Unanimous pro-FOIA ruling from Supreme Ct.
The Virginia Supreme Court unanimously reversed a Culpeper County Circuit Court ruling that had okayed a closed-door session of the Culpeper Board of Supervisors to discuss a contract between the Culpeper County School Board and an architect hired to design a new public high school.
Justice Cynthia Kinser’s 7-0 ruling found the board of supervisors misused the meetings exemption for contract negotiations, §2.2-3711(A)(30), which allows for private discussion of the award of a public contract, including the terms or scope of the contract, where public discussion could jeopardize the public body’s bargaining position or negotiating strategy.
The full text of the opinion can be found here: http://www.opengovva.org/index.php?option=com_content&id=879&task=view&Itemid=5
The county argued it was discussing the terms of a publicly awarded contract. It wanted to meet in private to discuss with the architect options not included in the school board’s contract, options the board felt should have been given more consideration.
The court agreed the supervisors were trying to shore up their negotiation strategy: their strategy with respect toward the school board, though, not toward the architect.
"[T]he Board’s purpose in closing its . . . meeting was not one that is allowed under the exemption contained in Code §2.2-3711(A)(30). As admitted, the Board was discussing its strategy in relation to the School Board due to the policy dispute between those two public bodies about the new high school facility. The Board was not discussing changes in the terms or scope of the [architect’s] contract vis-Å•-vis the vendor. Indeed, [County Attorney John D.] Maddox admitted that no negotiations with [the architect] occurred during the closed session. In other words, the purpose of the Board’s closed meeting was not for forming or modifying a procurement contract."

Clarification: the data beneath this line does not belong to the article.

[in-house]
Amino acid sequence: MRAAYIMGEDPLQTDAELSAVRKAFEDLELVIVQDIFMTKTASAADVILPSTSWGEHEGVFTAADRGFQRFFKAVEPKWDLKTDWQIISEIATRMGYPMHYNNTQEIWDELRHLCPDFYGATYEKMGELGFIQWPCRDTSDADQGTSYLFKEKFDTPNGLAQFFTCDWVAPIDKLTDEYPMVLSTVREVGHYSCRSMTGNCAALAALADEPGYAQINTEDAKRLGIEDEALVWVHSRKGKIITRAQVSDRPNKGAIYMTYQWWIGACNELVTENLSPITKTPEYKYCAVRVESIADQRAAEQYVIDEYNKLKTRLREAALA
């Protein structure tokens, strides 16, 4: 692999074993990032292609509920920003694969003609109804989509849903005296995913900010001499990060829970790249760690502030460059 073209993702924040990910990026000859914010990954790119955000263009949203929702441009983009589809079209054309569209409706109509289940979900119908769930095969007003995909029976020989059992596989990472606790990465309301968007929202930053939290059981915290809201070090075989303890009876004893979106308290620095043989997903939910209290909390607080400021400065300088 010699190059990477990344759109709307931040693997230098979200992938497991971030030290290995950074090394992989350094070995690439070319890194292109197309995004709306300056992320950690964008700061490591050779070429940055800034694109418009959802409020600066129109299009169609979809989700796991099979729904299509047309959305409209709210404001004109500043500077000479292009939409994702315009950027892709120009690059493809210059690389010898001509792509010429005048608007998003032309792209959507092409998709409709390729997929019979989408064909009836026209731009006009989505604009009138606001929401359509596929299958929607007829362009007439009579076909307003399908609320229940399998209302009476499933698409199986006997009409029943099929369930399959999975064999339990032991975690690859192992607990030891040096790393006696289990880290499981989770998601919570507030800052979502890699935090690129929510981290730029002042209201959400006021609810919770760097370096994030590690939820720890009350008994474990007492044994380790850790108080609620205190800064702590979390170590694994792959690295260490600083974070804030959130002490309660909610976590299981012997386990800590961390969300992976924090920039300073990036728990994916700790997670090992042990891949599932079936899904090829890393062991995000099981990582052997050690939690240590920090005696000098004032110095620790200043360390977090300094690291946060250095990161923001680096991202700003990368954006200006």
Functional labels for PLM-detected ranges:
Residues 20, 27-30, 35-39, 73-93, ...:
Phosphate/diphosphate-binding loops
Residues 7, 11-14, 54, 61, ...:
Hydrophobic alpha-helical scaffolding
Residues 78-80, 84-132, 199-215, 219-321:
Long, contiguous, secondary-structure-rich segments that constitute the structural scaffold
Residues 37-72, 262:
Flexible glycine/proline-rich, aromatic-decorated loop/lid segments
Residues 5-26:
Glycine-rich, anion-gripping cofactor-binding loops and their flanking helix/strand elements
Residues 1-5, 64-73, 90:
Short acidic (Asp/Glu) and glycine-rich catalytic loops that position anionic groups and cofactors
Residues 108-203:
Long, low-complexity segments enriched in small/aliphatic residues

The ruling was vindication for the Culpeper Citizen, Culpeper Star-Exponent, (Fredericksburg) Free Lance-Star and the Virginia Press Association, who challenged visiting judge Herman Whisenant’s May 5, 2005, ruling in the board of supervisors’ favor. Whisenant said the contract exemption could be used because supervisors were discussing the scope of the contract with the thought that it would suggest amendments to it.
Though Whisenant also ruled the county abused FOIA’s meeting-notice requirements, he refused to award the media plaintiffs any attorneys’ fees. The Supreme Court reversed this ruling, too, concluding the media plaintiffs "substantially prevailed" and were entitled to attorneys’ fees and costs.
A tentative settlement on fees was set for final approval on Jan. 3, according to Christian & Barton attorney Craig Merritt, who argued the case for the media outlets in front of the Supreme Court. Merritt was joined by colleague Roman Lifson, while the board of supervisors was represented by Hefty & Wiley name partner Roger Wiley.
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